Now, as I said, birth order meant everything to the ancient people of the Bible – much more than it means to us today. And this story in Genesis plays with that ancient obsession because, of course, when you are talking about twins, that sort of obsession is exposed as ridiculousness. After all, why would you insist that a child’s destiny and inheritance must be limited by its place in the birth order when, in the case of twins, we’re only talking about a difference of a few minutes or even seconds?
      But it is even more ridiculous in this case when one of the two children puts his hand out and the midwife marks him as firstborn by tying a thread around his wrist and then, in the end, it is the other one who is actually born first. By the end of it, even the author of Genesis seems confused, not really knowing which one is the eldest. (The confusion is actually even more clear in the original Hebrew text. The translators have clarified something that wasn’t very clear in the original.)
      I believe that that confusion in the story is quite intentional. The Bible is reminding us – as it frequently does – that all of the systems of this world, the systems that we human beings like to set up in order to say that some people are just better or more valuable than others – are truly meaningless. We keep trying to divide people by birth order or race or wealth or status and God just seems to delight in overturning all of that. The birth of these twins is a graphic illustration of one of Jesus’ favourite sayings, “The first shall be last and that last shall be first” because God just loves turning things upside down.
      That brings us, finally, to the names that are given to these Biblical twins, for their names are taken directly from the story of the contest between them to be born first. The twin who is born first (after the other twin puts out his hand and gets the bright red thread tied on it)ay that you get full otory of the contest  is called Perez and Perez means breach. The meaning of this has nothing to do with what is called a breech birth which is what you call it when a child comes out of the womb feet first. This was a particularly dangerous kind of birth in the ancient world and could often be fatal for mother or child or birth. But that is not what breach means in this story. It is rather a reference to ancient warfare when a breach would be made in walls or defensive fortifications to allow an enemy army to win a battle or take a city.
      The idea behind this name seems to be that Perez has made a breach in the normal ways of doing things. He has overturned the whole way that the world works by stealing the first place from his brother and maybe from all firstborns everywhere.
      Wouldn’t you agree, Laura and Andrew, that breach or Perez does make a good name for a twin because I am pretty sure that you have experienced exactly that. The arrival of these two children, especially when they both have come at once, has turned everything upside down for you. They have breached every single habit, every assumption every limit you thought that you had set. They have changed everything including your living arrangements and your relationships with your families and with almost everyone else. They have changed your priorities and your anxieties. But that is what children do and they do it all the more powerfully when they come two at a time.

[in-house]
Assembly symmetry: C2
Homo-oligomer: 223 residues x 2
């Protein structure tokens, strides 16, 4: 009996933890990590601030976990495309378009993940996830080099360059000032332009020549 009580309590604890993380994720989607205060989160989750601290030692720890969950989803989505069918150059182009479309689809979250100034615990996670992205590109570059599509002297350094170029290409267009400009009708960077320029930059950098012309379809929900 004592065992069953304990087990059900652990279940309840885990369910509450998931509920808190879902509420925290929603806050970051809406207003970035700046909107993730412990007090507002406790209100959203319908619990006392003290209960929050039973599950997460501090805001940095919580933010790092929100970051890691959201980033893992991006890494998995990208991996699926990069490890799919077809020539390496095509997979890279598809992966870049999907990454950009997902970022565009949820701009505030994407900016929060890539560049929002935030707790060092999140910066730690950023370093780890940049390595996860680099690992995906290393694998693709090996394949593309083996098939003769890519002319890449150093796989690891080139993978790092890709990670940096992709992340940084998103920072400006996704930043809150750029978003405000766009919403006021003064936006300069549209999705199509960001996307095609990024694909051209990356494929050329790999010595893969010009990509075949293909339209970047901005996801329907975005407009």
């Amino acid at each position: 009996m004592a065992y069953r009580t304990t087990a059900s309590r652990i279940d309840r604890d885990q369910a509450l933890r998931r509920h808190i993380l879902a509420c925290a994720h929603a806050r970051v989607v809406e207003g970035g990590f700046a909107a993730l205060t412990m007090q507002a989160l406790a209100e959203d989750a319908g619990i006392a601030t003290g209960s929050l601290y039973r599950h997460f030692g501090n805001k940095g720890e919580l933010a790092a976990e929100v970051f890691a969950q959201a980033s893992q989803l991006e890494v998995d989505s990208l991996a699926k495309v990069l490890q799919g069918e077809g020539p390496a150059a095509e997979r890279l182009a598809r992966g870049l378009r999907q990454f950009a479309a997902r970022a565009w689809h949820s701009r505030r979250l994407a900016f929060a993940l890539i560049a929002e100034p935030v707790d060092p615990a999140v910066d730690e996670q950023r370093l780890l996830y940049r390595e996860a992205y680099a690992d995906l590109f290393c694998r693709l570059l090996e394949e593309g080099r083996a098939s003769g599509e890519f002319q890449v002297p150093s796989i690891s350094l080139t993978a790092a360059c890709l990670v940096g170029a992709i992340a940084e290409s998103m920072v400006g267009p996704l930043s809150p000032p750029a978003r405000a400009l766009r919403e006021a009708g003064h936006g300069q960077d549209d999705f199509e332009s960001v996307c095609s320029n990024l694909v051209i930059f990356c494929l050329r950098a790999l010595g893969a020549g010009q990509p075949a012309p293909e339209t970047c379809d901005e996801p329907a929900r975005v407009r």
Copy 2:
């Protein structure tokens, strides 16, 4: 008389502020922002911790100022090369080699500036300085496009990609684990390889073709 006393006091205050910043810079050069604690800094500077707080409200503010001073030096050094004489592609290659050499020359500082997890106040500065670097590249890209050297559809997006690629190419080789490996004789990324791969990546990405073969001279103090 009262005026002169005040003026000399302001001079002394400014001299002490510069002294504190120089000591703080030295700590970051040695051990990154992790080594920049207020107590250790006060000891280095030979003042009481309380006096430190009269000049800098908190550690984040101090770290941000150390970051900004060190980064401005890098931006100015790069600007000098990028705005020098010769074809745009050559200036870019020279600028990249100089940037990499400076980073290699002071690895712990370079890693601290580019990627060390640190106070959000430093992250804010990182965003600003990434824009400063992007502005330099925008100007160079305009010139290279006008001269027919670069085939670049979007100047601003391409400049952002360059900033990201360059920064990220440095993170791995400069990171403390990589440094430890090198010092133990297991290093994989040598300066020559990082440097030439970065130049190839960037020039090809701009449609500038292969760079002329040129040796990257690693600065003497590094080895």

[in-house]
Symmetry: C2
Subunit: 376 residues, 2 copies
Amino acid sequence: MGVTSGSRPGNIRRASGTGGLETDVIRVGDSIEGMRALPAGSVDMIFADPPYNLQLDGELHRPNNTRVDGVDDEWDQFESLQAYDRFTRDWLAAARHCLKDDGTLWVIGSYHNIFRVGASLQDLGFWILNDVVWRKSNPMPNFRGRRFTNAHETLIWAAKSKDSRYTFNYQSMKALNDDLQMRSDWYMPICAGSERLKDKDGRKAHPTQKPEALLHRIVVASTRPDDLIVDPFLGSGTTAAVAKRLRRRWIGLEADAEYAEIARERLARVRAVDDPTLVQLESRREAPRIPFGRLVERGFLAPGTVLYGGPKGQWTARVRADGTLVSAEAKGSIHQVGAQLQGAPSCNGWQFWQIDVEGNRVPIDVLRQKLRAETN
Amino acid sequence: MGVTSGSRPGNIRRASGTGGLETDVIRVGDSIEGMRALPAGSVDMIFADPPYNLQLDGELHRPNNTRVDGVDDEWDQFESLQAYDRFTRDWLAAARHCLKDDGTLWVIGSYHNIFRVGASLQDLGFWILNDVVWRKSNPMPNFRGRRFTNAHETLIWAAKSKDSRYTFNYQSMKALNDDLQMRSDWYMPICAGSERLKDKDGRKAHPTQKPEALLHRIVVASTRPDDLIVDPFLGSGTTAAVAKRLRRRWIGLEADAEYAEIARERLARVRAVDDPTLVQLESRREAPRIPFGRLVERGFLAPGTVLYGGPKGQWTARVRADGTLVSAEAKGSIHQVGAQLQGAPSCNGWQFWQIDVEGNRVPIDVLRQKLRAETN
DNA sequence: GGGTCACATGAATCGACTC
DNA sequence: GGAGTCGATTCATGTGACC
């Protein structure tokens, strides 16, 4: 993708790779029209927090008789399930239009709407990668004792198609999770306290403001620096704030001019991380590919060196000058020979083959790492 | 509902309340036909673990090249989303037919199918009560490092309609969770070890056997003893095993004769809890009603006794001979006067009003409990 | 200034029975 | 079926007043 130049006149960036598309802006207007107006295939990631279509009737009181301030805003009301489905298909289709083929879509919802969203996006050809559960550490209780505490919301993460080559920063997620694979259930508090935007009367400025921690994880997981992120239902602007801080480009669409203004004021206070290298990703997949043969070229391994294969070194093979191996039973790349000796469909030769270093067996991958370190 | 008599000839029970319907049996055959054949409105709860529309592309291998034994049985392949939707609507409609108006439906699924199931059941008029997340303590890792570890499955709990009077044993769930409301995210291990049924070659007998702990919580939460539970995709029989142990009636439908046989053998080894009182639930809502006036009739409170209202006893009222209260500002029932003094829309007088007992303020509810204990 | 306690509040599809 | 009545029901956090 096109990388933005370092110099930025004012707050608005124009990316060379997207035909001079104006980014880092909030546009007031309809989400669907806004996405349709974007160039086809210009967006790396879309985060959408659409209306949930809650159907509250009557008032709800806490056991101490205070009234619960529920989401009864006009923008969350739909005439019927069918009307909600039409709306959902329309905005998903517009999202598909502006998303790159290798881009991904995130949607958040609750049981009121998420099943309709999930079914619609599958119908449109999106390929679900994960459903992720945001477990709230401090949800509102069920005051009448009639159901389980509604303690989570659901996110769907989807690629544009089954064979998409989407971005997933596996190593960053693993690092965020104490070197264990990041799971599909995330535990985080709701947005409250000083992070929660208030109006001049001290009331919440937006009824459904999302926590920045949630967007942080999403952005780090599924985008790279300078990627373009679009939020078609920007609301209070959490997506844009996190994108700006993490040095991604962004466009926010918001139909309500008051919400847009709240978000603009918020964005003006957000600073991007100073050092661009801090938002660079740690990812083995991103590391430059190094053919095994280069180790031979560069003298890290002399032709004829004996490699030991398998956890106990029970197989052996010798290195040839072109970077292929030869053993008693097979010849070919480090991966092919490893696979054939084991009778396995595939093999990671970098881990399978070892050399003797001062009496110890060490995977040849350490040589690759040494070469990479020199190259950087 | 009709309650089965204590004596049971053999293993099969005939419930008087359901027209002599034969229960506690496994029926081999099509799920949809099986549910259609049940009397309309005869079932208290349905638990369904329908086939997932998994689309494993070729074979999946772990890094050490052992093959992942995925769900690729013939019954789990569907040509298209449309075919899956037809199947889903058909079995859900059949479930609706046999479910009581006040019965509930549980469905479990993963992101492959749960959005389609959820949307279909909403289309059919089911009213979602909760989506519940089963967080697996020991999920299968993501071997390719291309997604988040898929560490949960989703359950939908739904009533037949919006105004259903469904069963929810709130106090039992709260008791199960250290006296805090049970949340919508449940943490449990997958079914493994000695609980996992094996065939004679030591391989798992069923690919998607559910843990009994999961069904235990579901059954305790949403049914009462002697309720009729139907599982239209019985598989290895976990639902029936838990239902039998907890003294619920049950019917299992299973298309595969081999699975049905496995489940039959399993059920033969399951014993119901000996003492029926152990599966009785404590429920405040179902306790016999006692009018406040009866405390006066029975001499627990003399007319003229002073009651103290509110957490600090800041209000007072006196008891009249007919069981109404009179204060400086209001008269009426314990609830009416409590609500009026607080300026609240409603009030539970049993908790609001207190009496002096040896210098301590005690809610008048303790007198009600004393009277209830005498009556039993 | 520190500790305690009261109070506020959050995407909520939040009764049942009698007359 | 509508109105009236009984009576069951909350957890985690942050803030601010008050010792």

The other child is given the name Zerah. This is the one who first put his hand out of the womb and the midwife tied a red thread around it. The name Zerah sounds like the Hebrew word that means bright so the idea seems to be that this child is named for the bright colour of the thread.
      But, wherever the name comes from, the promise that the arrival of this child brings a new brightness into the world is one that can celebrate here today. Laura and Andrew, I know that you have named your children Sarah and Joelle, but there is no question that they have brought a new brightness into your lives and into the world even as they have breached and disrupted everything. You now know a new meaning to your lives and a new purpose to your being. You now find laughter and joy in places where you never found them before – even in dirty diapers, sleepless nights and just being together. This is a precious gift and we pray that you get full enjoyment of it. And thank you today for sharing that gift of brightness with all of us.
      These children, Sarah and Joelle, are among us all as a gift from God today – a gift to their family first but also a gift to all of us. They come to disrupt us because the reality is that the church needs to have its comfortable assumptions of what its priorities are breached and disrupted. They are here as a reminder that the church needs be open to change and to breach if it is going to provide for these children and for others like them a place where they can grow up and take their own proper place in the kingdom of God.
      They are also here as a gift of brightness – of new life and new beginnings. They are a sign of the hope that God is with us and will continue to renew us. Andrew and Laura, thank you for sharing these gifts of breach and bright with us today!

Sermon Video:


     

Comments

Popular posts from this blog

You might be a revisionist

Thanksgiving after Harvey, Irma, Maria, Las Vegas, the Cariboo Fires, the Mexico Earthquakes, Charlottesville, the Quebec Mosque, the South Asia floods, First Nations boil water advisories, the Battle of Aleppo, Freetown Mudslide, etc. etc. etc.